Walter Ungerer

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Camden, ME

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Walter Ungerer is a longtime filmmaker and artist of international reputation, beginning with the underground film scene of NYC in the early 1960s, continuing through to his own experimental short films and features in Vermont from the late '60s to the 21st Century. Several years ago Ungerer moved from Vermont to Maine, where he continues to make films and videos.
Ungerer was born in New York City in 1935 of German immigrants. He studied art and architecture at Pratt Institute, receiving a BFA degree in 1958. He then went on to Columbia University, where he received an MA and PD in 1964. Simultaneously with his educational studies, Ungerer worked as a freelance cameraperson and editor. He turned to independent personal filmmaking in 1964, after returning from Nigeria, where he was the cinematographer for a television “special”. Between 1964 and 1969 he produced five films: The Tasmanian Devil (1964), Meet Me, Jesus (1966), A Lion’s Tale (1968), Introduction To Oobieland (1969), and Ubi Est Terram Oobiae? (1969). In ‘69 he moved to Vermont and a teaching position at Goddard College. He had been teaching film production at Columbia University. In 1976 he formed Dark Horse Films, Inc. a Montpelier, Vermont non-profit company under which he produced four features: The Animal (1976), The House Without Steps (1979), The Winter There Was Very Little Snow (1982), and Leaving The Harbor (1992).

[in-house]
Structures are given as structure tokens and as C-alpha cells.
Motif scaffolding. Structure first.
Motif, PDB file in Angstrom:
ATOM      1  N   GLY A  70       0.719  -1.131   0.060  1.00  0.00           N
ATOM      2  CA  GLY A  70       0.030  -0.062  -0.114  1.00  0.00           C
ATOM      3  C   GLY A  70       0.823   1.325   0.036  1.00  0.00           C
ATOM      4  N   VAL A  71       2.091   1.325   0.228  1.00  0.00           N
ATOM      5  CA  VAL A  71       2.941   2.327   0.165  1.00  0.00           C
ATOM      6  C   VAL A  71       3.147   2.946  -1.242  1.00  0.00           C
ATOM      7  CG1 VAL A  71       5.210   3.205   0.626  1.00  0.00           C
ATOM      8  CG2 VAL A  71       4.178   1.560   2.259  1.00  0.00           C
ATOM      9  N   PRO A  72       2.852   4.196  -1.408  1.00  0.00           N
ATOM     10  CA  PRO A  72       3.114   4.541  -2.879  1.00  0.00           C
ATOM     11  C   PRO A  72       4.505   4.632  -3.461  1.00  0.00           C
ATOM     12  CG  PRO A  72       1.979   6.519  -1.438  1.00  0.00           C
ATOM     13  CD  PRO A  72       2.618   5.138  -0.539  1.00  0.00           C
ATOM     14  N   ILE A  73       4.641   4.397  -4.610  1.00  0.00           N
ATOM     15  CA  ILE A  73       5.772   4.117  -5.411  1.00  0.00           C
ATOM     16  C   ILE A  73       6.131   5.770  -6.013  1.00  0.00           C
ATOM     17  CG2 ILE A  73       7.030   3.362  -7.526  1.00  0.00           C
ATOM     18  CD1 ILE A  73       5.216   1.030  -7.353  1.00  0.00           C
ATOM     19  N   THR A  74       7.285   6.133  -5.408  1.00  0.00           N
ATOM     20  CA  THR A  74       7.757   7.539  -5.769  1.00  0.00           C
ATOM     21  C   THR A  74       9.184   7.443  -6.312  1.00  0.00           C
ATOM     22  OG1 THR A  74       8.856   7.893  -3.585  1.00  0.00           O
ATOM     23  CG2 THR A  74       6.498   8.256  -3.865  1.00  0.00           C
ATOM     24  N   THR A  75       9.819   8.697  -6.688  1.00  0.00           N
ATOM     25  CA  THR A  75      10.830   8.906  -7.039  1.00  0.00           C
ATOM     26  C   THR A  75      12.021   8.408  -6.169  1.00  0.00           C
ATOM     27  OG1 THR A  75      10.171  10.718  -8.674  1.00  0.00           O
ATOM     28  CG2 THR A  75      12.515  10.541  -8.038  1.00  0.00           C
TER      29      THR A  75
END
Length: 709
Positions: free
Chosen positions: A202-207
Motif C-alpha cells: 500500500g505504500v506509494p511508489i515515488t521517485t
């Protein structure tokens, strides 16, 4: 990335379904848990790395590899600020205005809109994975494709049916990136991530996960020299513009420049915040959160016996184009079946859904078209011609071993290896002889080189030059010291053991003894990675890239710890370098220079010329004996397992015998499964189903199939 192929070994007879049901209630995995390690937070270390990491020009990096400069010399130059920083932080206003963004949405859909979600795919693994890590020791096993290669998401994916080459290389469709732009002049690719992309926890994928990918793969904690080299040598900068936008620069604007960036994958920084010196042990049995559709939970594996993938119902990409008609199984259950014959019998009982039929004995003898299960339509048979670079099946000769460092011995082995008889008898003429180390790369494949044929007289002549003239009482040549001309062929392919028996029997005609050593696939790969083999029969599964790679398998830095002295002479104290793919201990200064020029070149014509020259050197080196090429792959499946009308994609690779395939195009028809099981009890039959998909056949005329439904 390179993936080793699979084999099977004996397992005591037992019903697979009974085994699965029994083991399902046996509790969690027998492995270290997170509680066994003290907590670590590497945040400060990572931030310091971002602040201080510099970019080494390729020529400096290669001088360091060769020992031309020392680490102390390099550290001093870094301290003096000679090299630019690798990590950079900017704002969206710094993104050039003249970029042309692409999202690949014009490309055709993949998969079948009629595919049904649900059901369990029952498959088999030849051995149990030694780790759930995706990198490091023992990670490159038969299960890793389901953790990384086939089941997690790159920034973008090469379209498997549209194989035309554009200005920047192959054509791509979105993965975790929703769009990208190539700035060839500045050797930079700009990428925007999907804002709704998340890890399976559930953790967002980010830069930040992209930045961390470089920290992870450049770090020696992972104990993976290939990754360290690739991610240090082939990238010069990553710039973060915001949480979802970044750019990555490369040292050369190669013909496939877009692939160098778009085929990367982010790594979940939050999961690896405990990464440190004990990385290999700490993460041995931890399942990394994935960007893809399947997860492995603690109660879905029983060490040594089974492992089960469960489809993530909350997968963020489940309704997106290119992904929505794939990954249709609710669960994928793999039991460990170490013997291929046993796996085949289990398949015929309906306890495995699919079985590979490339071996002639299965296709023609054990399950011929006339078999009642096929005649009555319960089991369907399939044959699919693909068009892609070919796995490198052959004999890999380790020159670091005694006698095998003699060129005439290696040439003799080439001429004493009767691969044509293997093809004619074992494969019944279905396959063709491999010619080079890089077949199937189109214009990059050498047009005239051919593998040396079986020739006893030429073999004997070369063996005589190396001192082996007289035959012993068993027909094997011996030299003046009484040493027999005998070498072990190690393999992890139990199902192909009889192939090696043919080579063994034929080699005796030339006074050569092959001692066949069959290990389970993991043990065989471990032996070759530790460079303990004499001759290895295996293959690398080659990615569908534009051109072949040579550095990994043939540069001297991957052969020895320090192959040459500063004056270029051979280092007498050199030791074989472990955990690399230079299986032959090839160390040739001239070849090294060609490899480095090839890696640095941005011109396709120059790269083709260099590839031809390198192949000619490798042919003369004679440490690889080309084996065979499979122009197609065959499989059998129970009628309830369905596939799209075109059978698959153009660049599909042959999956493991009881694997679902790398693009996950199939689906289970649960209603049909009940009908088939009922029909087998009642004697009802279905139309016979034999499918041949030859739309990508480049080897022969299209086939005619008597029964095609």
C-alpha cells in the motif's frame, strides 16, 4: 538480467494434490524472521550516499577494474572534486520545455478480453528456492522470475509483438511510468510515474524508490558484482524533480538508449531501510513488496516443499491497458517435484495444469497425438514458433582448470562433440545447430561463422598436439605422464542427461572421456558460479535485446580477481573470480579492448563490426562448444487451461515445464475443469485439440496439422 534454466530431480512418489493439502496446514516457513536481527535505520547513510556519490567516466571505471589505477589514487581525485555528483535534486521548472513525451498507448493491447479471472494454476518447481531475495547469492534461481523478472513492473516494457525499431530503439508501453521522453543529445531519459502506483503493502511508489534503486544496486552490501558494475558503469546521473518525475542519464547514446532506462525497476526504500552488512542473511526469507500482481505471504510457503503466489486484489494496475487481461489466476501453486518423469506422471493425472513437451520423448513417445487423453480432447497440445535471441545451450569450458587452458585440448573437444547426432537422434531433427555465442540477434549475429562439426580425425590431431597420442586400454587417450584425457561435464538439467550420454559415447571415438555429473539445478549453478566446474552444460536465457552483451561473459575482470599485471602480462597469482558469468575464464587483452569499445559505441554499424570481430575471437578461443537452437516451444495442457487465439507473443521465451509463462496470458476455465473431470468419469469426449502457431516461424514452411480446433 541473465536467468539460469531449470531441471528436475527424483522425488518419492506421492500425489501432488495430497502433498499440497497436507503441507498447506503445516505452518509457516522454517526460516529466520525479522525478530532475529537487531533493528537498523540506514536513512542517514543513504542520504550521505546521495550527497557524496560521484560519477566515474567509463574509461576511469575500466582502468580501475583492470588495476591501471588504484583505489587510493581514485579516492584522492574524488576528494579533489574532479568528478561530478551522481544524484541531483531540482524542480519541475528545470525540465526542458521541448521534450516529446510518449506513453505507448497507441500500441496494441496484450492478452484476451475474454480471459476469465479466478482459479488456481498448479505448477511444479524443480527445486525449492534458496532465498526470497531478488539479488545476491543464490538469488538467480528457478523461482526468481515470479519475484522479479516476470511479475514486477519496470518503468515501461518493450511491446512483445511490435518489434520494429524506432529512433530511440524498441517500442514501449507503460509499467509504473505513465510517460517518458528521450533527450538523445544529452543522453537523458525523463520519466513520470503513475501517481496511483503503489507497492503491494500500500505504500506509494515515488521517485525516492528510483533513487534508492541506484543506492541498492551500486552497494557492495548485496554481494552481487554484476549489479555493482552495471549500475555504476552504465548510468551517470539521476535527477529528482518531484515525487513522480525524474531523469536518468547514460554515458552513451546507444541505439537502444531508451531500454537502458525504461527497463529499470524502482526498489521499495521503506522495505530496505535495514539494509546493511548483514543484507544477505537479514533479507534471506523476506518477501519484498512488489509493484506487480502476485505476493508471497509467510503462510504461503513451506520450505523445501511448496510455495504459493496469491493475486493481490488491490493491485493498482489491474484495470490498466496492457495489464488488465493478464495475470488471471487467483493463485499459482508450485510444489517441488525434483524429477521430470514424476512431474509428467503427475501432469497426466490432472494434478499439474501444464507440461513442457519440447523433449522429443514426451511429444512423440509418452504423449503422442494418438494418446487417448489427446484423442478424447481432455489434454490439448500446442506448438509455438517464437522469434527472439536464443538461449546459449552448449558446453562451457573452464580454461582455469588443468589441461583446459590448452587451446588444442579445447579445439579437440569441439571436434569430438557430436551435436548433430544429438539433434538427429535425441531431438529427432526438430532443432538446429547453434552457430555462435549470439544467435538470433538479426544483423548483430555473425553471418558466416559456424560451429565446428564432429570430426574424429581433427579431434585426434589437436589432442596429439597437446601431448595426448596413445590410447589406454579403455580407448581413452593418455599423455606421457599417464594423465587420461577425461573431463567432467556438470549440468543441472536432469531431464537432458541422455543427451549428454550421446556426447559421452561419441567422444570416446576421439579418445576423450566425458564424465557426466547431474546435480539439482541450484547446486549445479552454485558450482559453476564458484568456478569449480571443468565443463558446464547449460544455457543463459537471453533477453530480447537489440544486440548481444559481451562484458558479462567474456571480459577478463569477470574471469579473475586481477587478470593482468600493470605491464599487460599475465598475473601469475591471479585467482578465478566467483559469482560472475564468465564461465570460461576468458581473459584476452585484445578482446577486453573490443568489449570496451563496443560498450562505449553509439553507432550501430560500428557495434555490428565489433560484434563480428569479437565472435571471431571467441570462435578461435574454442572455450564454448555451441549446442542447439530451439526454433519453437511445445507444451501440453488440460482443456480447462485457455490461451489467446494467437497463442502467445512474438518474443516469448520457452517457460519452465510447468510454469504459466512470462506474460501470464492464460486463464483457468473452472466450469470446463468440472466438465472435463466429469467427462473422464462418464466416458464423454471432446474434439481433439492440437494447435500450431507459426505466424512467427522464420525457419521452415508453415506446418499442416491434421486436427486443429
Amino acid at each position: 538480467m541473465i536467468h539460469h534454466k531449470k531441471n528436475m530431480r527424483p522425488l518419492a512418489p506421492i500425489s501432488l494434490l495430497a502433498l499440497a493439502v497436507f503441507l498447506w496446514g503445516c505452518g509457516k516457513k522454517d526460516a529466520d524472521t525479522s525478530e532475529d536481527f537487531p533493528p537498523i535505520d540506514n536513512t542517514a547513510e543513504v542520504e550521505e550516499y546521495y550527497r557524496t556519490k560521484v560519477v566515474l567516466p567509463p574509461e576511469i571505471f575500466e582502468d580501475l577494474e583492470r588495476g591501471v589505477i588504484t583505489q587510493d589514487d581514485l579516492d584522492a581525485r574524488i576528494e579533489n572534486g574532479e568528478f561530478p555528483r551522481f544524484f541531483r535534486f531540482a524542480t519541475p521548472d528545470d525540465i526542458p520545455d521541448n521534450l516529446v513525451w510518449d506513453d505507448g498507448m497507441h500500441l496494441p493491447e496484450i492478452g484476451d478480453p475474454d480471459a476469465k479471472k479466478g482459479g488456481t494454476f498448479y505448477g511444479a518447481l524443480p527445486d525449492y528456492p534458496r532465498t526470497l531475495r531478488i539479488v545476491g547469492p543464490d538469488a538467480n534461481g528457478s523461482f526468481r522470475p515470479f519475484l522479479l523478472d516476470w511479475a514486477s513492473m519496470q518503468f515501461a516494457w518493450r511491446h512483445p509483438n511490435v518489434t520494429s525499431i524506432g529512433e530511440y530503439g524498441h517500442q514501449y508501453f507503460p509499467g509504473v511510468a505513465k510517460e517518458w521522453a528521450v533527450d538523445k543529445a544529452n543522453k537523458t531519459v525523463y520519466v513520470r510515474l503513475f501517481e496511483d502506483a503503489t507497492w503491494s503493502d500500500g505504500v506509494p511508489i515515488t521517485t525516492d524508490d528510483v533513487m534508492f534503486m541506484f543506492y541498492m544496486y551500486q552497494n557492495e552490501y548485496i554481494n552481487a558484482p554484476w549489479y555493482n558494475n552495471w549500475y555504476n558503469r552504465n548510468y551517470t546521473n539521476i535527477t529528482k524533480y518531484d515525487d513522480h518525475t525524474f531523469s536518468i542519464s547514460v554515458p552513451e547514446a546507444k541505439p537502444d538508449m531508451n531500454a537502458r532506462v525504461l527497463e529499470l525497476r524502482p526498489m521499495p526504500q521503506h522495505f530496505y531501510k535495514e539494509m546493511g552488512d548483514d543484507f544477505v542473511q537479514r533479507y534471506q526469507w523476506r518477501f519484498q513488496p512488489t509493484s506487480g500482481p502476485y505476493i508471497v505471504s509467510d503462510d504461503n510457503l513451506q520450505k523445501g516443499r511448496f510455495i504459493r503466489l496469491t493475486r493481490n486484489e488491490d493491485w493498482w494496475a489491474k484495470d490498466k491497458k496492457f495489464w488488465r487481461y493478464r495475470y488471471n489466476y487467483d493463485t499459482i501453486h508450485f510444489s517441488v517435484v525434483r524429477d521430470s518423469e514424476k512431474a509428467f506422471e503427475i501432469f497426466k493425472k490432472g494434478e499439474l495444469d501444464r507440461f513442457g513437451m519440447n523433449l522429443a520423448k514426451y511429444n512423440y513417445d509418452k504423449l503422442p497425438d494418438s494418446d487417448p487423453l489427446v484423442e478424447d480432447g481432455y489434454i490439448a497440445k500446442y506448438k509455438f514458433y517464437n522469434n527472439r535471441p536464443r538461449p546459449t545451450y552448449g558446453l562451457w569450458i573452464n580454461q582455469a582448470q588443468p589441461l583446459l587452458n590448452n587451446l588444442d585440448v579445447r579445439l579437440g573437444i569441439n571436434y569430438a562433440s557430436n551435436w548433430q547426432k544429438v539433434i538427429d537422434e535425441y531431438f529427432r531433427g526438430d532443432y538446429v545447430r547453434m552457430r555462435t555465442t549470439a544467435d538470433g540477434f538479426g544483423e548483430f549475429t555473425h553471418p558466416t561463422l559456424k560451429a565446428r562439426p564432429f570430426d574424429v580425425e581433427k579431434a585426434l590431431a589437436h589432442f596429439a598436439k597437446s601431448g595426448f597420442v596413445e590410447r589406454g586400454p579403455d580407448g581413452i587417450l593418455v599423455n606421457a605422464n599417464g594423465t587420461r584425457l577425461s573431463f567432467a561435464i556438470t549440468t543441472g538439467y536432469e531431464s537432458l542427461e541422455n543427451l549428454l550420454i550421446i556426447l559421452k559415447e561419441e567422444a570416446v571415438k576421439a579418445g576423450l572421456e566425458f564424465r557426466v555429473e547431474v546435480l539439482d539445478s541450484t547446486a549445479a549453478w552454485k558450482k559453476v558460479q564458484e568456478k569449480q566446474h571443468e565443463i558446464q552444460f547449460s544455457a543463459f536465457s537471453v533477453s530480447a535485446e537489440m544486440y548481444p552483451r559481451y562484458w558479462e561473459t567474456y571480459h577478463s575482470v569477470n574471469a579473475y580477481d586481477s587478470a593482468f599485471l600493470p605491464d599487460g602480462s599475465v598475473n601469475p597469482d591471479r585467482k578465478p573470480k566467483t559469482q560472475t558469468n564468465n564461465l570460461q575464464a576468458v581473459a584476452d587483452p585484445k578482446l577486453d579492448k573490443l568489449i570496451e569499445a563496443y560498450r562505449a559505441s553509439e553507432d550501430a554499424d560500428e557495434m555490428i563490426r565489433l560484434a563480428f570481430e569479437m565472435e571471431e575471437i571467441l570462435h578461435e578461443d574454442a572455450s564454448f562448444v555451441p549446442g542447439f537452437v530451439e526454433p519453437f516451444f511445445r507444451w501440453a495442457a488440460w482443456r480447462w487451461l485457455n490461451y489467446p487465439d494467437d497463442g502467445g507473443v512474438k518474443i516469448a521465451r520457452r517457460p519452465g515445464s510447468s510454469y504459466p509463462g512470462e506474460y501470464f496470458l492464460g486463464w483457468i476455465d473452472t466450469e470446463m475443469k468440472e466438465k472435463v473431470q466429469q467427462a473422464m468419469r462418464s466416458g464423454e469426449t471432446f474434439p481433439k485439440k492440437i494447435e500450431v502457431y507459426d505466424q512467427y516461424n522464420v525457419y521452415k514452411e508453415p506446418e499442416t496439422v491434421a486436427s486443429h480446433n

Then came a long period of exploration with the computer, using the computer to not only edit but to create the entire film without the use of a camera. This period produced Birds 2/93 (1993), Anna’s Amazing Moving Animals (1994), Relatives In X, Y, & Z (1996), The Window (1997), Kingsbury Beach (1999) and Untitled 2.1 (2001); all short films no longer than ten minutes long. These works rekindled Ungerer’s passion for drawing and painting. They gave him the opportunity to hone his creative eye and his acute visual sense. They also offered him, once again, the experience of putting colors and shapes on a real surface; missed since the days of being an artist student and young artist painting or drawing on newsprint paper or canvas.
In 2001 Ungerer returned to documentary filmmaking to produce and all this madness (2002), a film about the September 11, 2001 attack on the NY World Trade Center. Once before he had made a film based on political motivation, and his criticism of American government policies. Keeping Things Whole (1974) was an interview docudrama that recorded people’s views of the Viet Nam War; at the same time weaving in a fictional story about a young man about to be drafted. and all this madness is a more straightforward investigation into the causes of the 9/11 attack.